Boko Haram Frees French Priest Kidnapped in Cameroon

Nigerian terrorist organization says it received no ransom.

Georges Vandenbeusch. (Sceaux City Hall)

Georges Vandenbeusch. (Sceaux City Hall)

(Morning Star News) – Nigerian Islamic extremists have released a French Roman Catholic priest they kidnapped in Cameroon in November, according to published reports.

Members of the Islamic extremist terrorist organization Boko Haram freed Georges Vandenbeusch on Tuesday (Dec. 31) but received no ransom money, according to Agence France-Press (AFP). Vandenbeusch, abducted from Cameroon near the Nigerian border on Nov. 13, returned to France on Wednesday (Jan. 1), reported France24.

Boko Haram had reportedly demanded an undisclosed ransom amount from France. The French government refused, saying the priest should be released on humanitarian grounds. AFP quoted an unidentified Boko Haram source as saying the group decided to release the priest on “compassionate grounds” after benefiting from his medical expertise.

Vandenbeusch had been caring for about 10,000 Nigerian Christian refugees who fled their communities following attacks by Boko Haram. Augustine Fonka Awa, governor of Cameroon’s Far North Region on the border with Nigeria, reportedly said the abduction of the French priest came in retaliation for his support and care for the Nigerian Christian refugees.

Gunmen broke into the church home of Vandenbeusch in Nguetchewe, 10 kilometers (six miles) from Cameroon’s border with Nigerian, and took him away in the night.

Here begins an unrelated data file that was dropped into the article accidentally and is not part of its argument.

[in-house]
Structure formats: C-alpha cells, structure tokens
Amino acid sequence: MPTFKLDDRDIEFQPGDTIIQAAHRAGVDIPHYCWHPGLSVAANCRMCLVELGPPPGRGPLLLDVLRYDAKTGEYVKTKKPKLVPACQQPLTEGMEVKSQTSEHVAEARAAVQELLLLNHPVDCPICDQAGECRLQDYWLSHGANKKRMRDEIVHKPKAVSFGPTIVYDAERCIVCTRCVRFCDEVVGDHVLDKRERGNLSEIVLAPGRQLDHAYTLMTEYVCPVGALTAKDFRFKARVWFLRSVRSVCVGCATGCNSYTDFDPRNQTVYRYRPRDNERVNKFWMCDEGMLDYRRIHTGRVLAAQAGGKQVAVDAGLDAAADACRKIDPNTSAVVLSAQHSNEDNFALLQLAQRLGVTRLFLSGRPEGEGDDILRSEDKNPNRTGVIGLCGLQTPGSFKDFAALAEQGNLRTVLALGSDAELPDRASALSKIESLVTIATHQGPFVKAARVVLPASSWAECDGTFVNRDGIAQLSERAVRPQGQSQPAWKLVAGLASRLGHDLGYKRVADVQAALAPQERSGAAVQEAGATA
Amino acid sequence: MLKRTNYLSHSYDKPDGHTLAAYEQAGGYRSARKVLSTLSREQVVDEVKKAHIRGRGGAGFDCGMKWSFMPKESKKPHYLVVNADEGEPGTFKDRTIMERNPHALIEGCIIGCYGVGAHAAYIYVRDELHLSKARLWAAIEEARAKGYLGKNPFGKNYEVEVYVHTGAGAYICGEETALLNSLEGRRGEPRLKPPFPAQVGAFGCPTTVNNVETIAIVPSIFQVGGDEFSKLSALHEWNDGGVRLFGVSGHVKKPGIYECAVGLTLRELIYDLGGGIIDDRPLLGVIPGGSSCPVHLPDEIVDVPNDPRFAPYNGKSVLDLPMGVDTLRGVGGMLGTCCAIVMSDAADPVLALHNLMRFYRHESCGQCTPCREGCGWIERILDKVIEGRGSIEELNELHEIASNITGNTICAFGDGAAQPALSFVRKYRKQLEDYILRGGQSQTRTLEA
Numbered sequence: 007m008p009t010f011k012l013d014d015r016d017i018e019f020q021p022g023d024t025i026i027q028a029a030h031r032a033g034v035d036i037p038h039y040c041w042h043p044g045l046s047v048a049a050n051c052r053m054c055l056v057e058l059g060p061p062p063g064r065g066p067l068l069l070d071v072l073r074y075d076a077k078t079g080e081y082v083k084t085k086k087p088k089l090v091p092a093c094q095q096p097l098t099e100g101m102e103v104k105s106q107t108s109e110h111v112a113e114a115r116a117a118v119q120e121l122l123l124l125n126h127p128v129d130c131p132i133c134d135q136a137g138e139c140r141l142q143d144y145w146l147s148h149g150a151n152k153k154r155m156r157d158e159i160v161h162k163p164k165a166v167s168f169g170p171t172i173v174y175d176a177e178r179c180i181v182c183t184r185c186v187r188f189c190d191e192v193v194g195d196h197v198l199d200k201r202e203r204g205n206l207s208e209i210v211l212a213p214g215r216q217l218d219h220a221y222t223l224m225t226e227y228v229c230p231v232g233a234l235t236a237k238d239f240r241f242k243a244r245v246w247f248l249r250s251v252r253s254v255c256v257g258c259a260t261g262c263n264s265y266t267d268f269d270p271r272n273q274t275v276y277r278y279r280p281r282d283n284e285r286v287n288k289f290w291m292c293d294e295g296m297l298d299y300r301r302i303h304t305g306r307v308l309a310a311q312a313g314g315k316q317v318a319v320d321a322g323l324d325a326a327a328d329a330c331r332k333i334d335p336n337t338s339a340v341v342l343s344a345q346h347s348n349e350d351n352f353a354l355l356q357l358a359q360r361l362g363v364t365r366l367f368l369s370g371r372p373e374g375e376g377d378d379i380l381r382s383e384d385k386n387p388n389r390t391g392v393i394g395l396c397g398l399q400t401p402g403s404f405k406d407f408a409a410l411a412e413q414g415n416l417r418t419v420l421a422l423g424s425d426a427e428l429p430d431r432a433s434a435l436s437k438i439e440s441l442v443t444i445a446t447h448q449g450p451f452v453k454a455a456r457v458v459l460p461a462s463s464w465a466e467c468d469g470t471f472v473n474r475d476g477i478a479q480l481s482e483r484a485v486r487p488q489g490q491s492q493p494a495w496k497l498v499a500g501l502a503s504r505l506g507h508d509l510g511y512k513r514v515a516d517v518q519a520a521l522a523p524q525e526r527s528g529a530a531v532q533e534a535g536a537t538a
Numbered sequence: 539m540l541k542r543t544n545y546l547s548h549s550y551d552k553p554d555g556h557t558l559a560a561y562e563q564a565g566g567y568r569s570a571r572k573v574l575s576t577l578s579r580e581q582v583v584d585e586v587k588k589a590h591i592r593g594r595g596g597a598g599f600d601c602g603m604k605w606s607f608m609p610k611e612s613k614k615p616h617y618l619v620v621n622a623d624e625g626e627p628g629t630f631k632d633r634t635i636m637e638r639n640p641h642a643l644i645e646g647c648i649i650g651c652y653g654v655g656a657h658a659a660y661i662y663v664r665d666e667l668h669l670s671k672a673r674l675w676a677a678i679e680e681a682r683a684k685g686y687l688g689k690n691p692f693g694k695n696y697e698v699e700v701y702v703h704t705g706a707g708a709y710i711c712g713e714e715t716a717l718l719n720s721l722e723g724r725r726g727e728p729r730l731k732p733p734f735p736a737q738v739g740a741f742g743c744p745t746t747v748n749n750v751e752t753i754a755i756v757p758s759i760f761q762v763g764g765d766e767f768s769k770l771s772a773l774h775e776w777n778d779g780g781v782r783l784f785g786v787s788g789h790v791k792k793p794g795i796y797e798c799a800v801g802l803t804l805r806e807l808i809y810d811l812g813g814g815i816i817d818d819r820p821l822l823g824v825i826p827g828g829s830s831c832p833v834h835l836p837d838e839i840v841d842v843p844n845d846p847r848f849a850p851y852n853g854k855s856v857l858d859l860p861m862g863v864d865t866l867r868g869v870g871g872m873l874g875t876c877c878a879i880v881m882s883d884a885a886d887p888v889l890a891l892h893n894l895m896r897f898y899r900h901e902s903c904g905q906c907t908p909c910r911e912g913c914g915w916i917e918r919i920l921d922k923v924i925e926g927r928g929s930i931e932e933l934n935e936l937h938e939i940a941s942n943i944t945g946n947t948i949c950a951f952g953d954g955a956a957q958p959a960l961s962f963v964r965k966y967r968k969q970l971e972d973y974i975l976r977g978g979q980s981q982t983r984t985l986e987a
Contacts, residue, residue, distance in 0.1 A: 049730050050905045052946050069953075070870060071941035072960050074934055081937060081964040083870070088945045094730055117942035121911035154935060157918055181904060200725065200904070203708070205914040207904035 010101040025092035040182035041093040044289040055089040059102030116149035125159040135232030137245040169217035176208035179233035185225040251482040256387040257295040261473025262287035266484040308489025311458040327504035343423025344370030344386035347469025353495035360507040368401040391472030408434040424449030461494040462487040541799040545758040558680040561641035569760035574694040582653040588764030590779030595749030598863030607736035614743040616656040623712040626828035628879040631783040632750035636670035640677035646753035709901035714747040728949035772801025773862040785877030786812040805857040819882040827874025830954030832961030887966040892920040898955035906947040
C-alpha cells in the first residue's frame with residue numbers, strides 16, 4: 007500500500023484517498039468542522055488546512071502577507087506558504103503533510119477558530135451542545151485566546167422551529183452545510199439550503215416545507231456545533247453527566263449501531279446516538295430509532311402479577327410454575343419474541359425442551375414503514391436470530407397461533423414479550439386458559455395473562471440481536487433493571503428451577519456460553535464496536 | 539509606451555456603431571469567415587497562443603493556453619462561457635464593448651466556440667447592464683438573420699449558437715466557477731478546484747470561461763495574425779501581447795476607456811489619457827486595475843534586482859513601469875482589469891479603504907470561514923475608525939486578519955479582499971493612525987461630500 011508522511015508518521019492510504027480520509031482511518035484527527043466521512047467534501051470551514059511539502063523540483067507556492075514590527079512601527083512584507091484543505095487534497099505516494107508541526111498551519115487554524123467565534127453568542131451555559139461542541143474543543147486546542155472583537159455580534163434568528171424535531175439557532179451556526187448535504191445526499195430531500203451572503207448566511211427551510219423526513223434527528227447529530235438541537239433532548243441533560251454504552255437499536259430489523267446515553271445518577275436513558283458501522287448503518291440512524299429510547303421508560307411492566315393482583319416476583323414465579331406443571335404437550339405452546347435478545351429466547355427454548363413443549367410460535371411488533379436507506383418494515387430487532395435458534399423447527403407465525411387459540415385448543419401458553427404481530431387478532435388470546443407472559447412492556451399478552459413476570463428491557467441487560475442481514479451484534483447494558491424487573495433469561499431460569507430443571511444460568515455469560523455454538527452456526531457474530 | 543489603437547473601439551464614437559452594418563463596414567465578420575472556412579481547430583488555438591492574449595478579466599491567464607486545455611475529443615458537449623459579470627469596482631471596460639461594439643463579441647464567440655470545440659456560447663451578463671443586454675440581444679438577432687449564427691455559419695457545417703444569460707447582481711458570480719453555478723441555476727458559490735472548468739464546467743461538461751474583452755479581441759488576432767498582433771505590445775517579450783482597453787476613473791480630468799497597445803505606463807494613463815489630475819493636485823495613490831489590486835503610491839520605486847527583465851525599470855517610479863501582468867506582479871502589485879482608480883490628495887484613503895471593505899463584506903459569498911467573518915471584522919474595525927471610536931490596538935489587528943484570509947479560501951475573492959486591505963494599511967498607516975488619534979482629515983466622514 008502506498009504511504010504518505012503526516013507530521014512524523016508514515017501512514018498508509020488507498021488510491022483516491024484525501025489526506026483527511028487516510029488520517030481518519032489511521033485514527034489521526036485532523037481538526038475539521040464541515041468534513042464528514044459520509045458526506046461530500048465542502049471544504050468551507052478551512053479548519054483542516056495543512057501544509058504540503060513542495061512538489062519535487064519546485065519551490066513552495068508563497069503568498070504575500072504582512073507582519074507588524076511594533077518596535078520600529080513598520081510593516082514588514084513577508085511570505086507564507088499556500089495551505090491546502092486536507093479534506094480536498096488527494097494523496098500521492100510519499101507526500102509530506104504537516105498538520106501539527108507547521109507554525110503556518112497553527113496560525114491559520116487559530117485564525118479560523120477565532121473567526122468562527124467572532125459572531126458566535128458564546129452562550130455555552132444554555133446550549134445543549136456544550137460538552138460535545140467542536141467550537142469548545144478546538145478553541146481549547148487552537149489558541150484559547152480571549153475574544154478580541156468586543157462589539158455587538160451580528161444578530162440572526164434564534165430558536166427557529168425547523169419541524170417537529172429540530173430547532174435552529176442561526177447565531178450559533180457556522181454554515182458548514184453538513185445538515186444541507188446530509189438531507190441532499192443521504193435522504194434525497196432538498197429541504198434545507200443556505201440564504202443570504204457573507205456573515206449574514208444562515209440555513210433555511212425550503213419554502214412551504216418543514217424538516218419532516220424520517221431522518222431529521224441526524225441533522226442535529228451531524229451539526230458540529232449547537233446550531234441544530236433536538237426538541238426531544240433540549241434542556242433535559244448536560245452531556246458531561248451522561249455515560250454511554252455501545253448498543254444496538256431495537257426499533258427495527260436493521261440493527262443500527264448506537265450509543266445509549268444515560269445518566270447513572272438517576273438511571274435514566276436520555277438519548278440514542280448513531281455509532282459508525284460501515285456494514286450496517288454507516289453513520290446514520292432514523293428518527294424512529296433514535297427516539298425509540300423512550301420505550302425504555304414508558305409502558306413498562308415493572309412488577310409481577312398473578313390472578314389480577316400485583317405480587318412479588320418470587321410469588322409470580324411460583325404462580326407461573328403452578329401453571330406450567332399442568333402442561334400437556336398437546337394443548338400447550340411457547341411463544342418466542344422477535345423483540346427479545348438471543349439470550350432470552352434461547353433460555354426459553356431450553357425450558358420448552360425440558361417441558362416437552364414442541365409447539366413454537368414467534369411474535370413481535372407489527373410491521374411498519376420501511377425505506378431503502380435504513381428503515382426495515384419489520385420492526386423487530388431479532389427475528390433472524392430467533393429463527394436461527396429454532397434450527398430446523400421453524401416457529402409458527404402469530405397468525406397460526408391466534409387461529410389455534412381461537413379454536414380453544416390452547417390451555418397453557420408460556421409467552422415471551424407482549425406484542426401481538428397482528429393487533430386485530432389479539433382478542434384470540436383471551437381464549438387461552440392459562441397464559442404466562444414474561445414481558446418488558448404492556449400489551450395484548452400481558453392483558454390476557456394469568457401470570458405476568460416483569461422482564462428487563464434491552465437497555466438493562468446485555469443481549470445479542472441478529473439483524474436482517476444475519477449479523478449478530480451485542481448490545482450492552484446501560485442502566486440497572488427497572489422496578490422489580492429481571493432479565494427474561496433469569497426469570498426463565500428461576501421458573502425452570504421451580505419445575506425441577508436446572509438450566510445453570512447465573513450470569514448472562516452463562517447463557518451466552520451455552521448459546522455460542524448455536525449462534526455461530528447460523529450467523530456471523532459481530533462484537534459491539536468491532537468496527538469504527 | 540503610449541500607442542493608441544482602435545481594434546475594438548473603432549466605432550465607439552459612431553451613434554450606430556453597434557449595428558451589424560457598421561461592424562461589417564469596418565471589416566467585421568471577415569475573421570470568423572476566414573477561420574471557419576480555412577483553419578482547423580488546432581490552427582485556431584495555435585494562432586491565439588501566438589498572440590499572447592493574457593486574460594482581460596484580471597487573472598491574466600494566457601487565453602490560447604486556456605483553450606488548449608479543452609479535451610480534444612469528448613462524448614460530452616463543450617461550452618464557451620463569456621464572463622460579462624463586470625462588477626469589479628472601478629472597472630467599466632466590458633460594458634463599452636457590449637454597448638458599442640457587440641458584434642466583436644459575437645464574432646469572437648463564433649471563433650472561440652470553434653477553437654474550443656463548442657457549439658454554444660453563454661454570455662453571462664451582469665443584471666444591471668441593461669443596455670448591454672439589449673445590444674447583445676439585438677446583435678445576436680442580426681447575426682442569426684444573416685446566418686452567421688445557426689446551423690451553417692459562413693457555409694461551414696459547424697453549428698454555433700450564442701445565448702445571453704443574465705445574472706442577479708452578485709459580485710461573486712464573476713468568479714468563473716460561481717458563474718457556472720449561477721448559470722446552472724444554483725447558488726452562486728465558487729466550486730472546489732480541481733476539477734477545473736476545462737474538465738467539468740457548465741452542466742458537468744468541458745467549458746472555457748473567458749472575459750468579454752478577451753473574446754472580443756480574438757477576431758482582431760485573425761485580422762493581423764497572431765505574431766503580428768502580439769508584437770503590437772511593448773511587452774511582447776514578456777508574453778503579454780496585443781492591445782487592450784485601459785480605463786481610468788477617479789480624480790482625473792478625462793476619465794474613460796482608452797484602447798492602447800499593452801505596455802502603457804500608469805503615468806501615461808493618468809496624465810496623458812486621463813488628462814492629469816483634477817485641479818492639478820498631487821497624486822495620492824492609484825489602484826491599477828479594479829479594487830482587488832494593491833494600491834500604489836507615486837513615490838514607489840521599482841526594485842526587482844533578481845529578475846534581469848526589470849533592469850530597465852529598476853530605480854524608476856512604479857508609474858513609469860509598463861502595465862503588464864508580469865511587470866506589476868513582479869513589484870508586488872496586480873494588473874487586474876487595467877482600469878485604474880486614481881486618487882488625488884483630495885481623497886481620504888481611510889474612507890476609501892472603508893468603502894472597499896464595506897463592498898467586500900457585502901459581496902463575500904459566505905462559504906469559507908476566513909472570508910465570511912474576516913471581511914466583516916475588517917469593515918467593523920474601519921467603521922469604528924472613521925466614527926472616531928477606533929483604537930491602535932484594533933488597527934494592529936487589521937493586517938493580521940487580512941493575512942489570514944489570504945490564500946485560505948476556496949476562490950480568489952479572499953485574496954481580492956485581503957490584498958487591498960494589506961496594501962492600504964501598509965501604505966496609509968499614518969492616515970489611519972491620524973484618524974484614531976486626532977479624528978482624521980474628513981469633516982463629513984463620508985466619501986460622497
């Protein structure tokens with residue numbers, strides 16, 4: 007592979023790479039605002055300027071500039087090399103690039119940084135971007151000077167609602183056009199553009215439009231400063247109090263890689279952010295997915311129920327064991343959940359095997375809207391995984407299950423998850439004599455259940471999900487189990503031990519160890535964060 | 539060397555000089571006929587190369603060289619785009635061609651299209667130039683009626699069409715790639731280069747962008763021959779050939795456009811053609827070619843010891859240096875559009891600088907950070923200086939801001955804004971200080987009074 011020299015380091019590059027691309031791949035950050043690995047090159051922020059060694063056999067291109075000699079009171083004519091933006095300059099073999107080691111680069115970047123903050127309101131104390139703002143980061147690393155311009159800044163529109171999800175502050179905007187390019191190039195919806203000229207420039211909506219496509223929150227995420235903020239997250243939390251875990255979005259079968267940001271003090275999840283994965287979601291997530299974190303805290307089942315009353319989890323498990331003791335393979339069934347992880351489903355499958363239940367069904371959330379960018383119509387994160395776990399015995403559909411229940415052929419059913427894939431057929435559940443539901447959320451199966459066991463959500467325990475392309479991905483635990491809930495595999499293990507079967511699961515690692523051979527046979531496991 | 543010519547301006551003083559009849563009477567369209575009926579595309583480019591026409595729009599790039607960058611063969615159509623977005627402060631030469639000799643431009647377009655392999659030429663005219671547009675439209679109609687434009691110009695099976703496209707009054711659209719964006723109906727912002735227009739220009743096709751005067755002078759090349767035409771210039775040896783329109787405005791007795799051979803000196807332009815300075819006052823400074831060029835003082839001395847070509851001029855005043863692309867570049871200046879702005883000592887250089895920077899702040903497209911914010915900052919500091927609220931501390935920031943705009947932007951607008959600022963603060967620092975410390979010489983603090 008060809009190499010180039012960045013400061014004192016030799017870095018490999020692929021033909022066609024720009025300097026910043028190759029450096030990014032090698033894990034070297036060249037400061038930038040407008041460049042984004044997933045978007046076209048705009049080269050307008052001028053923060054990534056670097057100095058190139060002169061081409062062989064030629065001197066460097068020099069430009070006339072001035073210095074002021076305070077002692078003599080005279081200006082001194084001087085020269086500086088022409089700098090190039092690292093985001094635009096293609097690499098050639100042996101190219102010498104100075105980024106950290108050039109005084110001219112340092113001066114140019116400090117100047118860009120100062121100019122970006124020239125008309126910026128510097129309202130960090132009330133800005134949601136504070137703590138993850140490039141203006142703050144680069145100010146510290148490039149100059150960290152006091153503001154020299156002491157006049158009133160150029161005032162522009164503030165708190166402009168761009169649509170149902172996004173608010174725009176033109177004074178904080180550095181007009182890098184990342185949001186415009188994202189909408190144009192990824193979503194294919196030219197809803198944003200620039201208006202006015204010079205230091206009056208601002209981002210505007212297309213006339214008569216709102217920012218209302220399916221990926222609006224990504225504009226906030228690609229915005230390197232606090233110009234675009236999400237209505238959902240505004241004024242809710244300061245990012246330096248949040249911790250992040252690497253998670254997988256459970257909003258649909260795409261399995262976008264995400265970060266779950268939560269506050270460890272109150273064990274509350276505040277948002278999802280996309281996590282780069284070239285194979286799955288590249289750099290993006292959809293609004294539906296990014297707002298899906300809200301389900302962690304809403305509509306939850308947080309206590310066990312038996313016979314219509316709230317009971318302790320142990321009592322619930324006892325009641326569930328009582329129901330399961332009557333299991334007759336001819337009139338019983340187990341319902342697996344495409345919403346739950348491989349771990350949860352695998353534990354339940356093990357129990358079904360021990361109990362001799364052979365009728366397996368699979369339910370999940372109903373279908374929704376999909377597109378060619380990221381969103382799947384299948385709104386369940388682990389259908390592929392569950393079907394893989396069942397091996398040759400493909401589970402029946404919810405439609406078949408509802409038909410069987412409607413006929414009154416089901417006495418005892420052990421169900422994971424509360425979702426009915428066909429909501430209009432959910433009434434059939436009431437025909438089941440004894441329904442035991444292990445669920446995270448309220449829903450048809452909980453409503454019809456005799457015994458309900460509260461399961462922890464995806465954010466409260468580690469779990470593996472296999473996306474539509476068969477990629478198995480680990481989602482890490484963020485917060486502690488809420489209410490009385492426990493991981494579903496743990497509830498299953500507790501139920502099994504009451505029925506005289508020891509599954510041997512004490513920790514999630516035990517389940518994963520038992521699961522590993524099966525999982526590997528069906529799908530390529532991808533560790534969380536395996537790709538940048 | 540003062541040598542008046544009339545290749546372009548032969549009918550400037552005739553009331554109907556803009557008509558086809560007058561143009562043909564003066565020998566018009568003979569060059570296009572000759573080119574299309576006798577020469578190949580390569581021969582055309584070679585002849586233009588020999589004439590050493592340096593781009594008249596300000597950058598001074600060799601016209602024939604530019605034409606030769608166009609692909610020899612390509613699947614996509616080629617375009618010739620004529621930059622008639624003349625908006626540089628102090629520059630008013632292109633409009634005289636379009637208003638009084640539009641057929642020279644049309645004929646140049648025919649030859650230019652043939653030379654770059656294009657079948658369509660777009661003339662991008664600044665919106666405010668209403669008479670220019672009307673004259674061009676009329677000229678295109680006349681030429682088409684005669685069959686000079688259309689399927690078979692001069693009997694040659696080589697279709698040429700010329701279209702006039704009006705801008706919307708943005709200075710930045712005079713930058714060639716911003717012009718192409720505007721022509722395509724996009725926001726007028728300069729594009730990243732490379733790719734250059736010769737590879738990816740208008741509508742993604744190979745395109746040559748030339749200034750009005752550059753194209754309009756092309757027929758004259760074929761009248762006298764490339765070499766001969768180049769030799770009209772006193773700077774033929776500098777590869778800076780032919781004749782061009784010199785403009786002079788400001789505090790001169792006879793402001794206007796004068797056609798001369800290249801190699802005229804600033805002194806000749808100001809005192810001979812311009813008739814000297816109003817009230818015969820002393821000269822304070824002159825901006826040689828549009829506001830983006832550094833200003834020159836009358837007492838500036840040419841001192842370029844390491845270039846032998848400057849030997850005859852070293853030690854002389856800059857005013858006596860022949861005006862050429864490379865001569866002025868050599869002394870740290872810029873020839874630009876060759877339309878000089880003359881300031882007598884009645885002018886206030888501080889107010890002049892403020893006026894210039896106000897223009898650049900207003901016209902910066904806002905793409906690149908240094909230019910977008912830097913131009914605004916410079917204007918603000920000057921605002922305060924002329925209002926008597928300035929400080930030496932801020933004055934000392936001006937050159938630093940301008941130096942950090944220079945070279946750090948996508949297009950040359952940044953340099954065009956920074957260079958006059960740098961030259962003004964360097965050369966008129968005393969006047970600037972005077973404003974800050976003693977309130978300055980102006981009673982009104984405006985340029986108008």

Boko Haram, the name residents of Maiduguri, Borno state originally gave the group that calls itself “The Congregation of the People of Tradition for Proselytism and Jihad” (from the Arabic, Jama’atu Ahlis Sunna Lidda’awati walJihad,), has killed thousands of civilians, including hundreds of Christians.

Nigeria outlawed Boko Haram on June 4, declaring their activities illegal and “acts of terrorism,” and the U.S. State Department designated the group as a terrorist organization on Nov. 13.

With some members of the Nigerian group coming from Cameroon, Chad and Niger, Boko Haram has grown into a heavily armed militia with ties to Al Qaeda that some fear could become a threat beyond Nigeria’s borders. The State Department’s 2012 Terrorism report ranked it the second deadliest terrorist group worldwide, after the Taliban.

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